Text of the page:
This radar was used in a field project run by the National Center for Atmospheric Research in Taiwan.
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Image courtesy of the University Corporation for Atmospheric Research
How Radar Works
Radar is short for "radio detection and ranging". A radar dish sends out pulses of radio waves. These waves bounce off objects and return to the dish. A radar echo shows up on the monitor and shows where the object is located. Then a computer makes calculations to show how far away the object is located.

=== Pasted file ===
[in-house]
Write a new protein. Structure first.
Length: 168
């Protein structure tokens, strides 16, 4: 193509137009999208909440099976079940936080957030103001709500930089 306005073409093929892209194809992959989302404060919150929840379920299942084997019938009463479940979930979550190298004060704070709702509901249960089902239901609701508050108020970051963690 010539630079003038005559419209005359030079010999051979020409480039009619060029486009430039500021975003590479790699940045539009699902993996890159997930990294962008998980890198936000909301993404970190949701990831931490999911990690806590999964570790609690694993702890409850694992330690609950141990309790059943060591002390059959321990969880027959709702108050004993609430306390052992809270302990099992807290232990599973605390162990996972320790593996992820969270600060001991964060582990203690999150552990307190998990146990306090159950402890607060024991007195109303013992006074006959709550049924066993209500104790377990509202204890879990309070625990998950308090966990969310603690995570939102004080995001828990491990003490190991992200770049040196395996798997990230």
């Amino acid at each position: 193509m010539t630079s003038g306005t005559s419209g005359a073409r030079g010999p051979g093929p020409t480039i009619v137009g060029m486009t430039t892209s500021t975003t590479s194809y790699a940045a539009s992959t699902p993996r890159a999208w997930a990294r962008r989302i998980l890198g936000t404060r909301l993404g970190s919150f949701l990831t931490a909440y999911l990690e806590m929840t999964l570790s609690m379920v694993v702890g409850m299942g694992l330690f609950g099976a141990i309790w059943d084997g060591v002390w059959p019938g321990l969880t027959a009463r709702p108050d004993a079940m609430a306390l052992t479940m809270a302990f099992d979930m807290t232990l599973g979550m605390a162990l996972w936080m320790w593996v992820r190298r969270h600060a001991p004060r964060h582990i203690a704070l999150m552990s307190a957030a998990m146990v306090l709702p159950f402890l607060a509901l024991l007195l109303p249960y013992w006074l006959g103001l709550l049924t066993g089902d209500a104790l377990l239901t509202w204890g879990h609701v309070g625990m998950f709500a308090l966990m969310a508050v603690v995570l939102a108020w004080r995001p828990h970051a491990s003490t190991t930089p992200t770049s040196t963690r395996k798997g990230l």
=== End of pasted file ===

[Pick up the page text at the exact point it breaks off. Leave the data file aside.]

One use of radar is in the military. Radar is used both as an offensive and a defensive weapon. It can see the enemy so the military knows where to attack. It can also warn when an enemy is attacking. Due to recent advances in stealth technology, radar is not as effective on the battlefield.
There are many scientific uses for radar. Weather radar is an important tool in weather forecasting. Scientists also use radar to study different aspects of the atmosphere, such as wind patterns and air pollution. Radar is also used by space probes such as Magellan to map the surfaces of other planets.
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